The New York Times has a good piece today asking eight of the candidates who dropped out of the presidential race what they’d be talking about if they were still in the game. I liked two of them — the one by Joe Biden on Afghanistan and Pakistan and another by Chris Dodd on the need for national infrastructure investment.
On Aug. 1, the bridge carrying Interstate 35W over the Mississippi River buckled and broke. Thirteen people were killed. More than 100 were injured.
Afterward, we learned the frightening facts: 160,570 of our bridges are in just as dangerous a shape; a third of our roads are in poor or mediocre condition; some of our biggest cities depend on water and sewage systems over a century old.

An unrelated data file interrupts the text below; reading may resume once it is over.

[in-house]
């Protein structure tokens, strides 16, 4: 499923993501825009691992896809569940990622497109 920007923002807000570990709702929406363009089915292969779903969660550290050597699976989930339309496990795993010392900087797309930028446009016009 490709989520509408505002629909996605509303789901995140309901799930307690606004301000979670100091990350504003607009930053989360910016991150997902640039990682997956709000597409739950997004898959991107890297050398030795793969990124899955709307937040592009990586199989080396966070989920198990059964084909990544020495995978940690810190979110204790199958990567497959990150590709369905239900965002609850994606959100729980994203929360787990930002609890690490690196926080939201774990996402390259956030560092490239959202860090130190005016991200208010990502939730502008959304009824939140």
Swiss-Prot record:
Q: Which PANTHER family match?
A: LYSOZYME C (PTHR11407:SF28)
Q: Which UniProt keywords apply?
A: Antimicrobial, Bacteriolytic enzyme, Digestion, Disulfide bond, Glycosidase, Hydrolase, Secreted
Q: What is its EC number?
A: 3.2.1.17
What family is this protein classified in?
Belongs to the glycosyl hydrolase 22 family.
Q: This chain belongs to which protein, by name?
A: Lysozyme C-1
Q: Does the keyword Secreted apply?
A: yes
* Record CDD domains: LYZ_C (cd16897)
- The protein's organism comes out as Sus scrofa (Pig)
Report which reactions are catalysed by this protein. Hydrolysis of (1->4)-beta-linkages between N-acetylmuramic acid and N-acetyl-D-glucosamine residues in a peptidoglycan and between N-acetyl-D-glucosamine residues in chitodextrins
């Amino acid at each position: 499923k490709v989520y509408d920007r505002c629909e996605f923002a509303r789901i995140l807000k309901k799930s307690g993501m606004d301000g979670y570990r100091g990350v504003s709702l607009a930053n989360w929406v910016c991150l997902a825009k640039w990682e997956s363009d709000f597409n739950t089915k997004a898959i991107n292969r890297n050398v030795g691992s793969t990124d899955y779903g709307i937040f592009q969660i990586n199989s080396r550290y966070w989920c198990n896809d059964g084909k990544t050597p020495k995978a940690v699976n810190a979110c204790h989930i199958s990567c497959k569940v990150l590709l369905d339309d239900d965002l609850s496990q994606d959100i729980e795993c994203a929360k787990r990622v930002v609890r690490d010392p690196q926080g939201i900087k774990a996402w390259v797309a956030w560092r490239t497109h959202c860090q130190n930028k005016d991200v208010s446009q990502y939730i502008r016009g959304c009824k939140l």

With every bursting pipe, potholed road and derailed train, the conclusion became inescapable: America’s backbone is decaying.
It wasn’t always this way. Year by year and ton by ton — from the great railroads to tens of thousands of miles of Interstate — great American engineers built the foundations of our prosperity.
It is interesting that both Hillary Clinton and Barack Obama are co-sponsors of the Hagel/Dodd bill establishing a National Infrastructure Bank — but John McCain isn’t.
There are a lot of reasons Rome fell, but one of the biggies is that Rome overspent on its military and the maintenance of empire and underinvested in its core, which slowly rotted.
John McCain’s embrace of empire and his oft-expressed decision about the inevitability of “more wars” for the United States furthers the build-up of America’s military machine while the home front further deteriorates.
— Steve Clemons